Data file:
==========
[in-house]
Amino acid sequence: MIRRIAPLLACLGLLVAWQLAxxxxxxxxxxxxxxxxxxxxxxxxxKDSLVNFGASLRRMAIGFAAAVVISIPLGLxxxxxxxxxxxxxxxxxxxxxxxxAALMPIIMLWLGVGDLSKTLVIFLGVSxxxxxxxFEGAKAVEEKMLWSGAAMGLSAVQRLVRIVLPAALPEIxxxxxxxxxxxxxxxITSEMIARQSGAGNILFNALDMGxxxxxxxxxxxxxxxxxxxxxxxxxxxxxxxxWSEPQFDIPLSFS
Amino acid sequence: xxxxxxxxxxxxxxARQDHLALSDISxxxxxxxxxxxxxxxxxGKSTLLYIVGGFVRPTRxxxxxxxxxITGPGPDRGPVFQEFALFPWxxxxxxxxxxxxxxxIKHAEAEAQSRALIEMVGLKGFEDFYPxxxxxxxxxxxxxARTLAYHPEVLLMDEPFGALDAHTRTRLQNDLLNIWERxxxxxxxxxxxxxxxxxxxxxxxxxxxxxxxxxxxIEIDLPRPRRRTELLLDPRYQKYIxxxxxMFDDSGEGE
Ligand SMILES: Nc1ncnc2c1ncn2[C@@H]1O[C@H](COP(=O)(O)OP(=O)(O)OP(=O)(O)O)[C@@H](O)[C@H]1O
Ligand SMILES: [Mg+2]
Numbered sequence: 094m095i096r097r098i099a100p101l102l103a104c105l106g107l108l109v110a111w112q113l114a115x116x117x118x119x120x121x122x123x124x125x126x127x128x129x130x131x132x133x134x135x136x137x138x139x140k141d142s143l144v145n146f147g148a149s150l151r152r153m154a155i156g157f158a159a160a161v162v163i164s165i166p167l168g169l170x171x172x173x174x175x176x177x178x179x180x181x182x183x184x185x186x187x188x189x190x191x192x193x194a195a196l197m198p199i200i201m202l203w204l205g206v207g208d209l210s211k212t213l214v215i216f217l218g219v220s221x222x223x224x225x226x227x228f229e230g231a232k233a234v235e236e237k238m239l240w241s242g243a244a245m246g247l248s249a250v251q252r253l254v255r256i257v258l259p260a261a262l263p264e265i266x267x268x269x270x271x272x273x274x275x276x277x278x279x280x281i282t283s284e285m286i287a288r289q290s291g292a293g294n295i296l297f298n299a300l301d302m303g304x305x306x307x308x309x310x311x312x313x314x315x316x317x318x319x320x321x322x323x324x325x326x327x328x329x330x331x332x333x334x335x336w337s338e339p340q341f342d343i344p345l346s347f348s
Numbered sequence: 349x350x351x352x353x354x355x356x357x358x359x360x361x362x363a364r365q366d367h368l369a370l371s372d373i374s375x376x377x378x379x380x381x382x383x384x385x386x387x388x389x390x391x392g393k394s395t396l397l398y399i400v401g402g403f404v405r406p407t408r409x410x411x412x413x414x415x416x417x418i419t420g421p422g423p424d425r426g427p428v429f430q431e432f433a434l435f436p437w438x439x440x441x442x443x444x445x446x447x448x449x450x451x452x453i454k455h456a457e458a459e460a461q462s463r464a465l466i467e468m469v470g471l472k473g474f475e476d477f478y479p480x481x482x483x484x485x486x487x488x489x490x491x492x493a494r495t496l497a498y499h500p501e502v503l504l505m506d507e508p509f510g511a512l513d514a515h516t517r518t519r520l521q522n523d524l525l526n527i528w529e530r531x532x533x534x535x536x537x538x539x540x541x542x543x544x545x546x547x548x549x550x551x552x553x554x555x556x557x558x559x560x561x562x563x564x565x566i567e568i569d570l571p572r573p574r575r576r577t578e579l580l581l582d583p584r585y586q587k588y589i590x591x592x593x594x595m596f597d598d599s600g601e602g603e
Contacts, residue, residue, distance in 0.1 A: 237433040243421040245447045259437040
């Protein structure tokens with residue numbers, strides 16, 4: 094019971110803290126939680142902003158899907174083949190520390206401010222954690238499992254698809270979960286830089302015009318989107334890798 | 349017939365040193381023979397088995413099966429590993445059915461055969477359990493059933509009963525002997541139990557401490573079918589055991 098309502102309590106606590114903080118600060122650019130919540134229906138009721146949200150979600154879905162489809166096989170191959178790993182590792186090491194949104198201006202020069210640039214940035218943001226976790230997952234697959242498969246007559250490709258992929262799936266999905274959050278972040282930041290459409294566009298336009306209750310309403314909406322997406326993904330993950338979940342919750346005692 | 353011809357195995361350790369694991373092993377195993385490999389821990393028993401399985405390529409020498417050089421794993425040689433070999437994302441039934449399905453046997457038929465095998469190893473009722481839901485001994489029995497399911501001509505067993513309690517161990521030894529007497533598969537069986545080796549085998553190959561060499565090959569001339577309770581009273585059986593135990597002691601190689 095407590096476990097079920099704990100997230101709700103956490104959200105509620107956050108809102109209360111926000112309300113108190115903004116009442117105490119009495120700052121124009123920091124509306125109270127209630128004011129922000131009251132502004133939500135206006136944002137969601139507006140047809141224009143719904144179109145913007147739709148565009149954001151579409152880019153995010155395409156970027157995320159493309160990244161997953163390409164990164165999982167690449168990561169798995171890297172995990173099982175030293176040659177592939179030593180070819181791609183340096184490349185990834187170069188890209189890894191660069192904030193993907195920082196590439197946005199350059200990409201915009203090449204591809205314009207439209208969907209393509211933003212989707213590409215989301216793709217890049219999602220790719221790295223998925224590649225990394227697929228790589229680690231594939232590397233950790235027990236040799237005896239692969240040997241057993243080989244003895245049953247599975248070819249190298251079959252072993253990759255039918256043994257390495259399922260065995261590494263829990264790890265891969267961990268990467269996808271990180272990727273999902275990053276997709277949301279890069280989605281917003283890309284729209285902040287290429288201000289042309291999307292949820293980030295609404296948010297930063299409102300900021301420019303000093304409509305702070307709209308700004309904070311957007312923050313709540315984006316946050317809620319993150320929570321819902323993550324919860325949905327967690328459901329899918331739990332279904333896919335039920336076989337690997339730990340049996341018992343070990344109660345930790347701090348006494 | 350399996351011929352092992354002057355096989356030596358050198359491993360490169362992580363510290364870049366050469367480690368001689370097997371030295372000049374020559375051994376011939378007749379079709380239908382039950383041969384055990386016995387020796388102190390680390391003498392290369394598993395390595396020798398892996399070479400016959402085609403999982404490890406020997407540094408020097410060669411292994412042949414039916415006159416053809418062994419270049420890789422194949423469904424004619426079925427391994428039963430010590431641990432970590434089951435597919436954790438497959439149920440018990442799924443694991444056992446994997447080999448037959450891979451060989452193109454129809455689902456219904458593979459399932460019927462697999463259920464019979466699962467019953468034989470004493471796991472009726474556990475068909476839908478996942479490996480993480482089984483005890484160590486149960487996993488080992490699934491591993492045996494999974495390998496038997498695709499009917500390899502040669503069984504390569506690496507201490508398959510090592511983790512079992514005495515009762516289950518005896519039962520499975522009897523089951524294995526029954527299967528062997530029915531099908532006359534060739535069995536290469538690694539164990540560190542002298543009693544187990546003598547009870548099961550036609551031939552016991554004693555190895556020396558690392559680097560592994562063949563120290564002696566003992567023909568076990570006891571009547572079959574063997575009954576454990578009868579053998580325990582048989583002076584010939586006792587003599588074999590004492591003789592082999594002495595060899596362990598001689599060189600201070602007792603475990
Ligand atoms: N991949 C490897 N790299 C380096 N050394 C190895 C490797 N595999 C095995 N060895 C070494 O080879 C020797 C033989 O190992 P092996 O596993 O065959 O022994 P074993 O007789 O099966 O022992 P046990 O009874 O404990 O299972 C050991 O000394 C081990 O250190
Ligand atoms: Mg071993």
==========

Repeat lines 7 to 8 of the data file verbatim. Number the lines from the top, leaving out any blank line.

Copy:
Numbered sequence: 349x350x351x352x353x354x355x356x357x358x359x360x361x362x363a364r365q366d367h368l369a370l371s372d373i374s375x376x377x378x379x380x381x382x383x384x385x386x387x388x389x390x391x392g393k394s395t396l397l398y399i400v401g402g403f404v405r406p407t408r409x410x411x412x413x414x415x416x417x418i419t420g421p422g423p424d425r426g427p428v429f430q431e432f433a434l435f436p437w438x439x440x441x442x443x444x445x446x447x448x449x450x451x452x453i454k455h456a457e458a459e460a461q462s463r464a465l466i467e468m469v470g471l472k473g474f475e476d477f478y479p480x481x482x483x484x485x486x487x488x489x490x491x492x493a494r495t496l497a498y499h500p501e502v503l504l505m506d507e508p509f510g511a512l513d514a515h516t517r518t519r520l521q522n523d524l525l526n527i528w529e530r531x532x533x534x535x536x537x538x539x540x541x542x543x544x545x546x547x548x549x550x551x552x553x554x555x556x557x558x559x560x561x562x563x564x565x566i567e568i569d570l571p572r573p574r575r576r577t578e579l580l581l582d583p584r585y586q587k588y589i590x591x592x593x594x595m596f597d598d599s600g601e602g603e
Contacts, residue, residue, distance in 0.1 A: 237433040243421040245447045259437040